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Number of Pages: 680
Vendor: Penguin Books
Publication Date: 1977
Availability: Usually ships in 24-48 hours.
Devotions Upon Emergent Occasions and Death's DuelJohn DonneRandom House / 1999 / Trade Paperback$13.46 Retail:
$14.95Save 10% ($1.49)Availability: Usually ships in 24-48 hours.CBD Stock No: WW05481
'The first poet in the world in some things', is how John Donne was described by his contemporary Ben Jonson.
Yet it is only this century that Donne has been indisputably established as a great poetand even, many feel, the greatest love poet of them all. Jonson went on to remark that 'That Donne, for not keeping of an accent, deserved hanging', yet Donne's rhythms, once thought 'unmusical' are now recognized as the natural rhythms of the speaking voice; his 'eccentricity' as a complex self-doubt; his 'obscurity' the reflection of a brilliantly learned and allusive mind. Poets such as Eliot and Empson have found Donne's poetry profoundly attuned to our modern age, while Yeats' glowing comment will always be true: 'the intricacy and subtlety of his imagination are the length and depth of the furrow made by his passion.'
This volume, superbly edited by Professor Smith, is the first complete edition to make a serious attempt to guide the reader closely through the complexities of Donne's poetry. Considerable attention has been paid to the text, and a selection of the important manuscript variants are included. This edition is also the first to make use of the newly discovered manuscript of the verse letter to Lady Carey and Mistress Essex Rich.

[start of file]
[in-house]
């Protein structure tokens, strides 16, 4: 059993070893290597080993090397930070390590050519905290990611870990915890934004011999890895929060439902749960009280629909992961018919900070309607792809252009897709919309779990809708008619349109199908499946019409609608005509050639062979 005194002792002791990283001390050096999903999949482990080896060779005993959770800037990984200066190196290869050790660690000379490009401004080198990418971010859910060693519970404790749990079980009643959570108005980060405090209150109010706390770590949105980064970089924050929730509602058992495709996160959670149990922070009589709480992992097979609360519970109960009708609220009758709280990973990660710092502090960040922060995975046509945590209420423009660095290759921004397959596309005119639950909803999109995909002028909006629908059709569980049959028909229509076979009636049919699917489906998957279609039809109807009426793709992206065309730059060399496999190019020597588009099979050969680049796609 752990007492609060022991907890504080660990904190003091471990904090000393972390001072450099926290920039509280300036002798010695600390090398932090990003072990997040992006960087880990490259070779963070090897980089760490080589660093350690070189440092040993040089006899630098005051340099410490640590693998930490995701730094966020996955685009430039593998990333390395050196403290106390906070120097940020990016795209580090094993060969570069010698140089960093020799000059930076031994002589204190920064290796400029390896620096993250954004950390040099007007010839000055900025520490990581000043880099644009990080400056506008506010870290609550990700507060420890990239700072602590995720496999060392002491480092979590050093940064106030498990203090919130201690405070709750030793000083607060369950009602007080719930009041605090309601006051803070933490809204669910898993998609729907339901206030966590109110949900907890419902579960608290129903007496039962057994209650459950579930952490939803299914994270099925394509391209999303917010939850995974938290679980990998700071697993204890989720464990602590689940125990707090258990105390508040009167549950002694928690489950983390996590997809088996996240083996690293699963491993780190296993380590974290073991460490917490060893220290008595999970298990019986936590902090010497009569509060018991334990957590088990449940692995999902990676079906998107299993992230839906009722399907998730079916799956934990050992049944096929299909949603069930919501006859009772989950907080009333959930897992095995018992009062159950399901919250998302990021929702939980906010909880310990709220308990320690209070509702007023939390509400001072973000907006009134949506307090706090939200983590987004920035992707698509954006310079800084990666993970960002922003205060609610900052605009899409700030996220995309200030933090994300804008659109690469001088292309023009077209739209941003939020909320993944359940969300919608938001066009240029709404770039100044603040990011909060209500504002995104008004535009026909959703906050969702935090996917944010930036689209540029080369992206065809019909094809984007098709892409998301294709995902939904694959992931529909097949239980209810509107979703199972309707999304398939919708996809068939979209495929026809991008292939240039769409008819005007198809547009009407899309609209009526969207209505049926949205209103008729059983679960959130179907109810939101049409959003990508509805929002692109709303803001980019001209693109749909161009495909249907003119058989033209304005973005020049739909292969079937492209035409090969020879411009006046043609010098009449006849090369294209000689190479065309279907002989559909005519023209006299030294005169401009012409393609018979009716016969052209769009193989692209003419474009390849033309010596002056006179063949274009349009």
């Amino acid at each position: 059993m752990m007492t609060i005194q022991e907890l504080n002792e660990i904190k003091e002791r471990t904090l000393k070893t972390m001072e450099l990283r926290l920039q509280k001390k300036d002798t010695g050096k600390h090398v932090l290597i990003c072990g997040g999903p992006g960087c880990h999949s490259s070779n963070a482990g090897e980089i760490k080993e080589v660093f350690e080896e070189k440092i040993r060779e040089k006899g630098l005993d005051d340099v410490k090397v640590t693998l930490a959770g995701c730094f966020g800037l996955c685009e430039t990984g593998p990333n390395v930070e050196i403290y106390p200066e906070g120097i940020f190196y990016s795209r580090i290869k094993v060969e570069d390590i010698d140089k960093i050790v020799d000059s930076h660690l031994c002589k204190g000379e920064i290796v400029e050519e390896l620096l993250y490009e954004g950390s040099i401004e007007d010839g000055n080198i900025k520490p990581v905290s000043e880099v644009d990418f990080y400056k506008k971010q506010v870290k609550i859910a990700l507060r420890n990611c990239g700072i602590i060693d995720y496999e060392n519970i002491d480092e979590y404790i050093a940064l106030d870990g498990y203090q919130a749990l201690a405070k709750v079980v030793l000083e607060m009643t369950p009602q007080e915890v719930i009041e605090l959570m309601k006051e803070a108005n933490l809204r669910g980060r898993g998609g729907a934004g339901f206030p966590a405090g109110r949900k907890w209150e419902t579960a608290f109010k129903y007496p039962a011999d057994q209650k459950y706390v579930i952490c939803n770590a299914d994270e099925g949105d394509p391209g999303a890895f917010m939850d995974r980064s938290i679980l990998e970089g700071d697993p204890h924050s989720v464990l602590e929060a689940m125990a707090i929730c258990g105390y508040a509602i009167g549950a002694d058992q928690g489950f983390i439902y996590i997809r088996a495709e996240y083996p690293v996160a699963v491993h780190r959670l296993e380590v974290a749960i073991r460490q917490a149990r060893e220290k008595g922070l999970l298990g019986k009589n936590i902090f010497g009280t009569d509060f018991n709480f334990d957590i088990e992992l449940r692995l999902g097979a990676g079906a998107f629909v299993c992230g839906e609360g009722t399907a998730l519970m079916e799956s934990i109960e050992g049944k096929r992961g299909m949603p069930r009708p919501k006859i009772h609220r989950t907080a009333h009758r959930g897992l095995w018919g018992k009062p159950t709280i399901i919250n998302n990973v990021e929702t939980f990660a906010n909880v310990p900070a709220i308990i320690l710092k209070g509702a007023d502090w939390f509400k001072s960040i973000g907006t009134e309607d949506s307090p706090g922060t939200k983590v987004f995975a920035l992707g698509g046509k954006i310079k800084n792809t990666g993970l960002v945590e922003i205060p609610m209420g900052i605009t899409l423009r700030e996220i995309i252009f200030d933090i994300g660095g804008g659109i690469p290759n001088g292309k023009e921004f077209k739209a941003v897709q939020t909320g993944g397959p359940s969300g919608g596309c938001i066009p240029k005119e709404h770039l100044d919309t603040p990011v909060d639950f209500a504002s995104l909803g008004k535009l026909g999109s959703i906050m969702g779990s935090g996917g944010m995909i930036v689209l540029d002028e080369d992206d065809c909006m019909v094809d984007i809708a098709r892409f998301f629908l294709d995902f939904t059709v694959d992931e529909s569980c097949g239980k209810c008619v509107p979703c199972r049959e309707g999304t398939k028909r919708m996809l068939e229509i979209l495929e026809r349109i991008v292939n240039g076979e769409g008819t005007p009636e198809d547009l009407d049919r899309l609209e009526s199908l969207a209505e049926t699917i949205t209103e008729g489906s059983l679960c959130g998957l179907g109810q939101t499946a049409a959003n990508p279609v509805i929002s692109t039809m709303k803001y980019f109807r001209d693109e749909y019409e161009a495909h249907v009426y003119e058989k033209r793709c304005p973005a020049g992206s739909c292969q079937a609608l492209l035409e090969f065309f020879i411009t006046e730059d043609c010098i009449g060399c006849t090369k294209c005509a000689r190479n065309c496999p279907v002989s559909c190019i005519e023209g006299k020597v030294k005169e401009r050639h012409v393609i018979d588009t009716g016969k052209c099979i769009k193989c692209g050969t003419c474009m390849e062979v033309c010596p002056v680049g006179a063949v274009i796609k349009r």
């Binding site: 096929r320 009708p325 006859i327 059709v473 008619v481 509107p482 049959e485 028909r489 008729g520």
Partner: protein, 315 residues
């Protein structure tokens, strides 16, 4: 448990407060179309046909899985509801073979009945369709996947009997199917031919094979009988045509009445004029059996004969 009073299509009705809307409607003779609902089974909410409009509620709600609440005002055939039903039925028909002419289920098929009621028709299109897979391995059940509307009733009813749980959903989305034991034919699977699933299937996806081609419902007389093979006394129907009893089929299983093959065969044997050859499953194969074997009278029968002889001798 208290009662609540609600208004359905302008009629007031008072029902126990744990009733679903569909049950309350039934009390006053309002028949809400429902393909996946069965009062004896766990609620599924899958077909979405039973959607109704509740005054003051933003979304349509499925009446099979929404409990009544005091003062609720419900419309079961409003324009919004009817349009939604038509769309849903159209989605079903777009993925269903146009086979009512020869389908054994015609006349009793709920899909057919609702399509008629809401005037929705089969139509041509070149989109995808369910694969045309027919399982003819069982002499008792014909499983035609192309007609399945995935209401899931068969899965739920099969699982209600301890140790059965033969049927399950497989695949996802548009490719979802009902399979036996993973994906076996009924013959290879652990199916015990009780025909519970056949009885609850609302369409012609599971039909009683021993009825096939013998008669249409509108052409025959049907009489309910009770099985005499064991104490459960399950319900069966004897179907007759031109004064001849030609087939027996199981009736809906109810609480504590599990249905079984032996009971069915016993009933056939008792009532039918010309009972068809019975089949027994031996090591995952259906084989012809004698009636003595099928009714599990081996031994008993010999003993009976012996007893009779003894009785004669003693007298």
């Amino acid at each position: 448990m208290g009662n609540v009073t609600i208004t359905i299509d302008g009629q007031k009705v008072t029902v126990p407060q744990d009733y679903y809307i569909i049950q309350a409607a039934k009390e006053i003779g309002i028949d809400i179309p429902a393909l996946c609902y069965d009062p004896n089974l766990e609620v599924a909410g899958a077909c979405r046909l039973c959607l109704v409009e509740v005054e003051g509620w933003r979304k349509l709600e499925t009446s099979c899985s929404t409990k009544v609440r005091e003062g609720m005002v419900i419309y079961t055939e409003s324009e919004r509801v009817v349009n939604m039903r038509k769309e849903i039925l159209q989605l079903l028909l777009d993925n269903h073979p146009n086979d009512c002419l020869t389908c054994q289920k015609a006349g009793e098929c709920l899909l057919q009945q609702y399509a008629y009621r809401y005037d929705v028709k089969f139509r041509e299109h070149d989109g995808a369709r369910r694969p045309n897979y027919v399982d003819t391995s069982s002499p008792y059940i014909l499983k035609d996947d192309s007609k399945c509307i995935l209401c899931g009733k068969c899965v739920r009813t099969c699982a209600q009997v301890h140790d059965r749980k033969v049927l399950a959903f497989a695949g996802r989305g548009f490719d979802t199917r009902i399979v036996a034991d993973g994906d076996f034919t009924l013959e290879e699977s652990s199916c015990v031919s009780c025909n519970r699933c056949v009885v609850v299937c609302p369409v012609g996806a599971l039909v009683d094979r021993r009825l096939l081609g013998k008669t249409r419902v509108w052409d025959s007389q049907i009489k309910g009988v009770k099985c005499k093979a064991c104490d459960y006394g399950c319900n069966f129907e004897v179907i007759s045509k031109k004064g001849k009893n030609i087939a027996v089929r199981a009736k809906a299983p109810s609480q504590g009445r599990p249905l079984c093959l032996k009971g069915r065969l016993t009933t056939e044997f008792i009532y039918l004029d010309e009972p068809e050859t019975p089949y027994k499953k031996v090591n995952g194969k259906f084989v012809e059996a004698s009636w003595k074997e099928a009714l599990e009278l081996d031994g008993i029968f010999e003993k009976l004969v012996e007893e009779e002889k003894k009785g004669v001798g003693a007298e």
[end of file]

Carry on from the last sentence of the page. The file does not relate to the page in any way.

John Donne was born into a Catholic family in 1572. After a conventional education at Hart Hall, Oxford, and Lincoln's Inn, he took part in the Earl of Essex's expedition to the Azores in 1597. He secretly married Anne More in December 1601, and was imprisoned by her father, Sir George, in the Fleet two months later. He was ordained priest in January 1615, and proceeded to a Doctorate of Divinity at Cambridge in April of that year. In 1621 he was made Dean of St. Paul's in London, a post which he held until his death in 1631. He is famous for the sermons he preached in his later years as well as for his poems.